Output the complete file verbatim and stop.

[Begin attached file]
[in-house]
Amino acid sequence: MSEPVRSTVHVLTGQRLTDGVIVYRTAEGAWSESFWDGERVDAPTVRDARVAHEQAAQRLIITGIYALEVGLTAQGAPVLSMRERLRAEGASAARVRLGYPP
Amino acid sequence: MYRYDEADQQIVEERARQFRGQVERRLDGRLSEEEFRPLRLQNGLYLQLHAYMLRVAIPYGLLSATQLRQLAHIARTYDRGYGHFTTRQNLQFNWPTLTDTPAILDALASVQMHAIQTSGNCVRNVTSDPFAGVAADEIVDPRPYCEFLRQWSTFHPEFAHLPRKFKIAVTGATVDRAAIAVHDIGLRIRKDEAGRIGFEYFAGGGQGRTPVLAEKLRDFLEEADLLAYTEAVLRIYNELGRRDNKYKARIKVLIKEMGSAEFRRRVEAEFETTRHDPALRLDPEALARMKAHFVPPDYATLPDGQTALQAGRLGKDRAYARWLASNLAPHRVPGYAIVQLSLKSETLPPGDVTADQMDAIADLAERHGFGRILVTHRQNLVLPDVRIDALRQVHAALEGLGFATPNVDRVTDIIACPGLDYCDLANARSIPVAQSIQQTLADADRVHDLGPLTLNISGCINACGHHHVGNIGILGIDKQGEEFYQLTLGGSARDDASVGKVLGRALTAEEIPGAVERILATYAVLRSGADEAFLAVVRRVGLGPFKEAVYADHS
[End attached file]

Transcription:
[in-house]
Amino acid sequence: MSEPVRSTVHVLTGQRLTDGVIVYRTAEGAWSESFWDGERVDAPTVRDARVAHEQAAQRLIITGIYALEVGLTAQGAPVLSMRERLRAEGASAARVRLGYPP
Amino acid sequence: MYRYDEADQQIVEERARQFRGQVERRLDGRLSEEEFRPLRLQNGLYLQLHAYMLRVAIPYGLLSATQLRQLAHIARTYDRGYGHFTTRQNLQFNWPTLTDTPAILDALASVQMHAIQTSGNCVRNVTSDPFAGVAADEIVDPRPYCEFLRQWSTFHPEFAHLPRKFKIAVTGATVDRAAIAVHDIGLRIRKDEAGRIGFEYFAGGGQGRTPVLAEKLRDFLEEADLLAYTEAVLRIYNELGRRDNKYKARIKVLIKEMGSAEFRRRVEAEFETTRHDPALRLDPEALARMKAHFVPPDYATLPDGQTALQAGRLGKDRAYARWLASNLAPHRVPGYAIVQLSLKSETLPPGDVTADQMDAIADLAERHGFGRILVTHRQNLVLPDVRIDALRQVHAALEGLGFATPNVDRVTDIIACPGLDYCDLANARSIPVAQSIQQTLADADRVHDLGPLTLNISGCINACGHHHVGNIGILGIDKQGEEFYQLTLGGSARDDASVGKVLGRALTAEEIPGAVERILATYAVLRSGADEAFLAVVRRVGLGPFKEAVYADHS